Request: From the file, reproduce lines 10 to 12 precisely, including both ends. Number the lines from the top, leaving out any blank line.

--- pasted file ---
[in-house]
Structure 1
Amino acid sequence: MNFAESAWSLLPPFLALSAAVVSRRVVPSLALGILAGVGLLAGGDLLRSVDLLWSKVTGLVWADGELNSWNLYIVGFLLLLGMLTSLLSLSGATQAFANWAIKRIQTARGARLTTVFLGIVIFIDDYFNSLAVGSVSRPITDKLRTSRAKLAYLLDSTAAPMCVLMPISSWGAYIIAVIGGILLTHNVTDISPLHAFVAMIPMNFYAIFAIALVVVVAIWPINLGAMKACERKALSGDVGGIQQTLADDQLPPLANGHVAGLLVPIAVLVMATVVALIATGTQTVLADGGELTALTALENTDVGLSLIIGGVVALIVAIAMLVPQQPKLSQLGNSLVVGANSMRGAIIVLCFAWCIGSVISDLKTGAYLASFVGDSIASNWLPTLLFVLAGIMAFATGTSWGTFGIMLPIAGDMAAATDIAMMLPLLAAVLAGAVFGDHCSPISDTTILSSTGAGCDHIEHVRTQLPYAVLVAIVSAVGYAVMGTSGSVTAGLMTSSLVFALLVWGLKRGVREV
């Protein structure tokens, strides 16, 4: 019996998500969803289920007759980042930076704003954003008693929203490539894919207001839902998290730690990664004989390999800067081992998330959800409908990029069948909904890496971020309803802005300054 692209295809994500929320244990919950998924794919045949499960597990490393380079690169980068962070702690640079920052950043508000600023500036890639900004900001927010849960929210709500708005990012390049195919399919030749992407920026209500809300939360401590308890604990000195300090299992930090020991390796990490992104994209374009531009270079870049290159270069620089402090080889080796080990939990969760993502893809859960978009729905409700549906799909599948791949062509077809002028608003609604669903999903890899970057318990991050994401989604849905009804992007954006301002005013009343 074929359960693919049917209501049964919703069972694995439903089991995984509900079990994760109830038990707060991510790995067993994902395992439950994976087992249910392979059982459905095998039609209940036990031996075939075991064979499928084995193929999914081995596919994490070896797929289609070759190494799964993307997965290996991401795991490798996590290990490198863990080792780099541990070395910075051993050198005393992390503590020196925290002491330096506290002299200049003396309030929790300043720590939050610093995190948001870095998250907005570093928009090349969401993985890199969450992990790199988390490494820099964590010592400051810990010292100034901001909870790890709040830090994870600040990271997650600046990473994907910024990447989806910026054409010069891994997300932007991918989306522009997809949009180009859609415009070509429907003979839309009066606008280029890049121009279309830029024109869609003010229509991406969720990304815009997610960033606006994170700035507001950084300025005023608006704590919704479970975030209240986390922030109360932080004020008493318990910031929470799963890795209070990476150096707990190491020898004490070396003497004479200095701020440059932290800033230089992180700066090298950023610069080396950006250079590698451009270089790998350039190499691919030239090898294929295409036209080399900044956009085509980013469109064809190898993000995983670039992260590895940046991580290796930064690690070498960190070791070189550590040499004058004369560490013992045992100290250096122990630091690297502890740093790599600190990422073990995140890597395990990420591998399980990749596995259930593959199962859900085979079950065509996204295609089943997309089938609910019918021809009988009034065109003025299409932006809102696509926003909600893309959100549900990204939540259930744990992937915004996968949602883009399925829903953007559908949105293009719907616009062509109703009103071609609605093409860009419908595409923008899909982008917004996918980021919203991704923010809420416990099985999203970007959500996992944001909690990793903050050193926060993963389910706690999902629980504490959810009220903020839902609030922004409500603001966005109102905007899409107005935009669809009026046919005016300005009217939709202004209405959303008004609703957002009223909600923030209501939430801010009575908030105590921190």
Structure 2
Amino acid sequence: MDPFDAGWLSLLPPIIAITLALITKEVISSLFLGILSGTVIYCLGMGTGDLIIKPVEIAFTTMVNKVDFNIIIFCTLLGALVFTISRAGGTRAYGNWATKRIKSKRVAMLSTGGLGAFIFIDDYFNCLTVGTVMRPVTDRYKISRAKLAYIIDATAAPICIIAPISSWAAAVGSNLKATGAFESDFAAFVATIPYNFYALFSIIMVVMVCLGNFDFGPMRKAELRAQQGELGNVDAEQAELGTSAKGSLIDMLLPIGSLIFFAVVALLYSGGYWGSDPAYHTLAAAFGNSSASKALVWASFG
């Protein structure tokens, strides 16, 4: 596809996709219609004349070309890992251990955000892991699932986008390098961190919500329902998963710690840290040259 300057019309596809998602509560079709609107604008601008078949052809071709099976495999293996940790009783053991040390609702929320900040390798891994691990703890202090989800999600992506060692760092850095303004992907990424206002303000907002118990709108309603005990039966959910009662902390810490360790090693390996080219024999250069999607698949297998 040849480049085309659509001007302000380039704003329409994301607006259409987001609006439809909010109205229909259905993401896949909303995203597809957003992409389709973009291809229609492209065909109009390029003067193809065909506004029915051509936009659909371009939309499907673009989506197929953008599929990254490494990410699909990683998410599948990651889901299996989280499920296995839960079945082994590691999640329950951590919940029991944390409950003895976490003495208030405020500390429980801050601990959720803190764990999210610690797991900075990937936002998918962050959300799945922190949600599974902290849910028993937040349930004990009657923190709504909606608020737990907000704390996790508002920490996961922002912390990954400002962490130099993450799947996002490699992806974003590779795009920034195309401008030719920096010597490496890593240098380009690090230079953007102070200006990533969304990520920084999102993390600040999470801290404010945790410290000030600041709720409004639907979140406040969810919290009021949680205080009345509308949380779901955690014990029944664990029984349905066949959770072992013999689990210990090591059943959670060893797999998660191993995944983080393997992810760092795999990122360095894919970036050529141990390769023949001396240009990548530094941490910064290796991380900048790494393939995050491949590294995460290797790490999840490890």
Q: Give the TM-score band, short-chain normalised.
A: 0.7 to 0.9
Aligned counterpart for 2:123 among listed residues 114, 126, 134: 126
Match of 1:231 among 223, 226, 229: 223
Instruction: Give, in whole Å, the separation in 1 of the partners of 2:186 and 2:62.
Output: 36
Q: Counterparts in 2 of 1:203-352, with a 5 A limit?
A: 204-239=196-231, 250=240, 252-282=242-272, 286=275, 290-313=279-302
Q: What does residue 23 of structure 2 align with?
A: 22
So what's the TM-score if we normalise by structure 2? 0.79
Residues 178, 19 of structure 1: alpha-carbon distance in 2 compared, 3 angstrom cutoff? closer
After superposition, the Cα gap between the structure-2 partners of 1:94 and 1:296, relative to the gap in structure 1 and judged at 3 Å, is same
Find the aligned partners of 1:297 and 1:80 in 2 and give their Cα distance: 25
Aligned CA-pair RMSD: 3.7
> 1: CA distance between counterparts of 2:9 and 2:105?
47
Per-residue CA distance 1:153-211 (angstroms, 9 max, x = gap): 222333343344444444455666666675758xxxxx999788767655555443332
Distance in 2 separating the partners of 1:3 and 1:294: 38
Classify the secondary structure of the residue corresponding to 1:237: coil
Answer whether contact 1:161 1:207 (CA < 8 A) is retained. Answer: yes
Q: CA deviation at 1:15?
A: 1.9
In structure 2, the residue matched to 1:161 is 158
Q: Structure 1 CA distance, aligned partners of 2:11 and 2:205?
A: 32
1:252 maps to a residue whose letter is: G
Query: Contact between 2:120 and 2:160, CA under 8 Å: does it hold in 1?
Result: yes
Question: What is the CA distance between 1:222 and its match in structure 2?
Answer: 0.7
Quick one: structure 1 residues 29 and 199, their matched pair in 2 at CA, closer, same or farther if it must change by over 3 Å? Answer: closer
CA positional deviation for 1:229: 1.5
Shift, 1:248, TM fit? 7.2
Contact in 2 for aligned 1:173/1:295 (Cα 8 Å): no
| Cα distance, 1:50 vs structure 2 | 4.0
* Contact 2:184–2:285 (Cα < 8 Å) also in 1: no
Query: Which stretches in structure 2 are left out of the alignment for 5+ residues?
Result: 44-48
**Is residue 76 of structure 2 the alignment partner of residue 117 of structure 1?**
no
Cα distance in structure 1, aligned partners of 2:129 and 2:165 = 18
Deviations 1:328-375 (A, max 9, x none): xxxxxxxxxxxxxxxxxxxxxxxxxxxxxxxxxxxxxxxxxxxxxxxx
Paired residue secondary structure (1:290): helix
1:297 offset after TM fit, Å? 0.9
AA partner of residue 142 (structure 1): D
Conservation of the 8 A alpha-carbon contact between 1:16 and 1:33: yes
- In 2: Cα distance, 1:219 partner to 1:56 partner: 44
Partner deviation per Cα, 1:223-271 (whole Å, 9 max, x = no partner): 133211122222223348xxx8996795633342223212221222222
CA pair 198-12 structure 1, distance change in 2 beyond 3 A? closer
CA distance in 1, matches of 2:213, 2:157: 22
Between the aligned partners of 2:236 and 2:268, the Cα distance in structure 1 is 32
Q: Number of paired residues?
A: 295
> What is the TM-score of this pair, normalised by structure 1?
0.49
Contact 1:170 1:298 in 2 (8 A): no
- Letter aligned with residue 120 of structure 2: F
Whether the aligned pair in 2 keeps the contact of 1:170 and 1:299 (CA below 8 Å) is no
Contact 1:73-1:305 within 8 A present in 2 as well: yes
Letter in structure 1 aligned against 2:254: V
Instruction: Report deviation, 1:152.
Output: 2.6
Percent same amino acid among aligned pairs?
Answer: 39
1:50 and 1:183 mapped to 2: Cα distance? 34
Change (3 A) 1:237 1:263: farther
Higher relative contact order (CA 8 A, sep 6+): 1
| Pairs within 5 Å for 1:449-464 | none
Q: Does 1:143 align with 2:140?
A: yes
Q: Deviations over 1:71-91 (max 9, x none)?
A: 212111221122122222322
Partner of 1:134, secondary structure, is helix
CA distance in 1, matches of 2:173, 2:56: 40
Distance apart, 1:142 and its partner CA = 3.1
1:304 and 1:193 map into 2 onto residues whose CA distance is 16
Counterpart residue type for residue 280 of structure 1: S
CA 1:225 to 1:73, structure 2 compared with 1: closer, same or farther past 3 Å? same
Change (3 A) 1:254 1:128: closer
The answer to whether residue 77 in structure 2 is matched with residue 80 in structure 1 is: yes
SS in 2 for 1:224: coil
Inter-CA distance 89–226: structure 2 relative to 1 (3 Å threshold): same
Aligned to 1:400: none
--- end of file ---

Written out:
Aligned counterpart for 2:123 among listed residues 114, 126, 134: 126
Match of 1:231 among 223, 226, 229: 223
Instruction: Give, in whole Å, the separation in 1 of the partners of 2:186 and 2:62.